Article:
DVD: “The Guitar Artistry of Geoff Muldaur”
(Vestapol Productions, 2010):
Usually music instruction videos are a little dry for anyone without an instrument in their hands and ambition to spare. Even if the film features a favorite performer, patience can be taxed as they break down not only a song, but also the bits of a song – sometimes going over a passage, a phrase or a lick half a dozen times to parse its construction and intent.
Geoff Muldaur’s lovely “Innovative Arrangements for American Blues/Roots Guitar,” released in 2000 by Homespun Video is just such a geeks-only excursion.
Not so Vestapol’s new disc, “The Guitar Artistry of Geoff Muldaur.”
Instead, “Artistry” is like a personal audience with Muldaur, in which he traces his own impossibly deep roots as well as those of the seminal Jim Kweskin & the Jug Band (of which Muldaur was a founding member).
This is an entertainment any fan can enjoy.
Tunes are interspersed with tales, many of which involve Muldaur meeting such legends as Mississippi John Hurt (“Chicken”), Sleep John Estes (“Drop Down Mama”) and Lonnie Johnson (“Mr. Jelly Roll Baker”).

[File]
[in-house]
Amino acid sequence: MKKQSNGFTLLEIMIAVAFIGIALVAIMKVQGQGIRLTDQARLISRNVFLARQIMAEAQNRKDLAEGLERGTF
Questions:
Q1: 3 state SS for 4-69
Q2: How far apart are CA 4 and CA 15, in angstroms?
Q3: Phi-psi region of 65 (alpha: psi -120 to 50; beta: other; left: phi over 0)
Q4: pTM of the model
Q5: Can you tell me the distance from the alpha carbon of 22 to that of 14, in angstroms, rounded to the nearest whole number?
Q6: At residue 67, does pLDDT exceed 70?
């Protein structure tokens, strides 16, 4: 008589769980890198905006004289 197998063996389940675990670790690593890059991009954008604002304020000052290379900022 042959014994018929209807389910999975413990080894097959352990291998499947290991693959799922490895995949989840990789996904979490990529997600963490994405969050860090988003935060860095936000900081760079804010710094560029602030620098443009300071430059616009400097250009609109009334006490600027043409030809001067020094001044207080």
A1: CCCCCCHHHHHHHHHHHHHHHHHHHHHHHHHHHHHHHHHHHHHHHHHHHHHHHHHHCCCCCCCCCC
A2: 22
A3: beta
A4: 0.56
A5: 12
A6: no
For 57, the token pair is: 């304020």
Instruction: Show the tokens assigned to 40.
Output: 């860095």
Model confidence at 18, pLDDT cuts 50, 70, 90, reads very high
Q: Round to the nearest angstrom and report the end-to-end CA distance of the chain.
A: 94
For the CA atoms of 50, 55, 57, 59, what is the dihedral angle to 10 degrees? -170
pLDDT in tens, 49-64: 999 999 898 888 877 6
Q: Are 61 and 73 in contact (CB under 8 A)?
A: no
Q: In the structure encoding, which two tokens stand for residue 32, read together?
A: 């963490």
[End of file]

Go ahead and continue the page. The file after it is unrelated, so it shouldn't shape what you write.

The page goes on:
In the early ’60s, Muldaur spent time in New Orleans and was also deeply ensconced in the Cambridge folk scene. Through those connections he learned from the masters he loves, and, to hear him tell it, he smoked a little funny stuff with them, too.
In a story familiar to fans who’ve seen Muldaur live, he recounts Hurt bogarting a joint at a Cambridge party and slyly telling his young friend, “Down south, we love pot, but when we get some money, we buy gin!”
Without intending to, Muldaur followed in the footsteps of his heroes, at one point taking 17 years off from live performance. His re-entry (as a solo artist) isn’t draped in the melodrama of some young, wide-eyed kid searching him out and bringing him to the big city, but the music he has produced since his return is the equivalent of any of the giants that initially inspired him.
Muldaur actually talks fairly little about his playing style in “Artistry,” other than to note that he fancies himself an arranger who plays guitar more than he views himself as a “guitarist.” Still, his custom model Martin sounds like a little orchestra in his hands, especially when he’s applying a Spinners’ groove to Blind Willie Johnson’s “Trouble Soon Be Over.”
Other standouts include his haunting recasting of Vera Hall’s “Wild Ox Moan,” a perfect “Fishin’ Blues” and his simple yet powerful original “Got To Find Blind Lemon – Part One.”
Muldaur has recently re-teamed with his old bandmate Kweskin, and the two have been hitting the road. Their travels will bring them to Caffe Lena in Saratoga Springs on Friday, May 21 as part of the famed coffeehouse’s 50th anniversary festivities.
This will have to do ’til then.
Review by Bokonon